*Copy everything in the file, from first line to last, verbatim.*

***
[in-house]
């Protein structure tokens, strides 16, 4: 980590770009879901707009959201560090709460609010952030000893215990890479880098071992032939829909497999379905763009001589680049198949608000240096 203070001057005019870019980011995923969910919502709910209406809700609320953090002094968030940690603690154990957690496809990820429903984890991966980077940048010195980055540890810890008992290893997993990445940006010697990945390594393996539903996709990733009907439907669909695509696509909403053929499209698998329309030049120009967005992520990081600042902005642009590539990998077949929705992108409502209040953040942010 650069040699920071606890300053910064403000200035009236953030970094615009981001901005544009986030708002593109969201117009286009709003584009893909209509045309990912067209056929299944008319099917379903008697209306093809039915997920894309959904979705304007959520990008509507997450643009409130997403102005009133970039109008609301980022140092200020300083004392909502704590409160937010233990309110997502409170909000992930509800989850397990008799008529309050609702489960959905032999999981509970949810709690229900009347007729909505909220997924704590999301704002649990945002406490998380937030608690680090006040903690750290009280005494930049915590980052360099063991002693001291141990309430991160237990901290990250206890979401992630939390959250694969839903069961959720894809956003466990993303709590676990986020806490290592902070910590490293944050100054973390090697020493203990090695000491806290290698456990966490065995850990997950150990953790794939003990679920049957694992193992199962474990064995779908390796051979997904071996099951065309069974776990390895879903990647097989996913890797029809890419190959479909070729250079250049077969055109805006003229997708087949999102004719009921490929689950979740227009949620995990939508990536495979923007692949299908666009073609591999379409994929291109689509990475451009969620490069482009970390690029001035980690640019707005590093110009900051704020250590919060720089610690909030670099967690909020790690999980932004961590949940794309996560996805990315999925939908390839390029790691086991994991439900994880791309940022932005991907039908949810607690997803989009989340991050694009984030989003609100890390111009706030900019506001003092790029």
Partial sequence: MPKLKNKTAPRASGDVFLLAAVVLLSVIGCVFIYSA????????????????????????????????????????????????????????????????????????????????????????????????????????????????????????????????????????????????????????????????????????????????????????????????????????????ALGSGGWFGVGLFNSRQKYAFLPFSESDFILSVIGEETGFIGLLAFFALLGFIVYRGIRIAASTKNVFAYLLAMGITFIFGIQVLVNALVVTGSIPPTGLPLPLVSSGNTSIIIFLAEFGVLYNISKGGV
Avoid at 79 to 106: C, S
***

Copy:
[in-house]
């Protein structure tokens, strides 16, 4: 980590770009879901707009959201560090709460609010952030000893215990890479880098071992032939829909497999379905763009001589680049198949608000240096 203070001057005019870019980011995923969910919502709910209406809700609320953090002094968030940690603690154990957690496809990820429903984890991966980077940048010195980055540890810890008992290893997993990445940006010697990945390594393996539903996709990733009907439907669909695509696509909403053929499209698998329309030049120009967005992520990081600042902005642009590539990998077949929705992108409502209040953040942010 650069040699920071606890300053910064403000200035009236953030970094615009981001901005544009986030708002593109969201117009286009709003584009893909209509045309990912067209056929299944008319099917379903008697209306093809039915997920894309959904979705304007959520990008509507997450643009409130997403102005009133970039109008609301980022140092200020300083004392909502704590409160937010233990309110997502409170909000992930509800989850397990008799008529309050609702489960959905032999999981509970949810709690229900009347007729909505909220997924704590999301704002649990945002406490998380937030608690680090006040903690750290009280005494930049915590980052360099063991002693001291141990309430991160237990901290990250206890979401992630939390959250694969839903069961959720894809956003466990993303709590676990986020806490290592902070910590490293944050100054973390090697020493203990090695000491806290290698456990966490065995850990997950150990953790794939003990679920049957694992193992199962474990064995779908390796051979997904071996099951065309069974776990390895879903990647097989996913890797029809890419190959479909070729250079250049077969055109805006003229997708087949999102004719009921490929689950979740227009949620995990939508990536495979923007692949299908666009073609591999379409994929291109689509990475451009969620490069482009970390690029001035980690640019707005590093110009900051704020250590919060720089610690909030670099967690909020790690999980932004961590949940794309996560996805990315999925939908390839390029790691086991994991439900994880791309940022932005991907039908949810607690997803989009989340991050694009984030989003609100890390111009706030900019506001003092790029």
Partial sequence: MPKLKNKTAPRASGDVFLLAAVVLLSVIGCVFIYSA????????????????????????????????????????????????????????????????????????????????????????????????????????????????????????????????????????????????????????????????????????????????????????????????????????????ALGSGGWFGVGLFNSRQKYAFLPFSESDFILSVIGEETGFIGLLAFFALLGFIVYRGIRIAASTKNVFAYLLAMGITFIFGIQVLVNALVVTGSIPPTGLPLPLVSSGNTSIIIFLAEFGVLYNISKGGV
Avoid at 79 to 106: C, S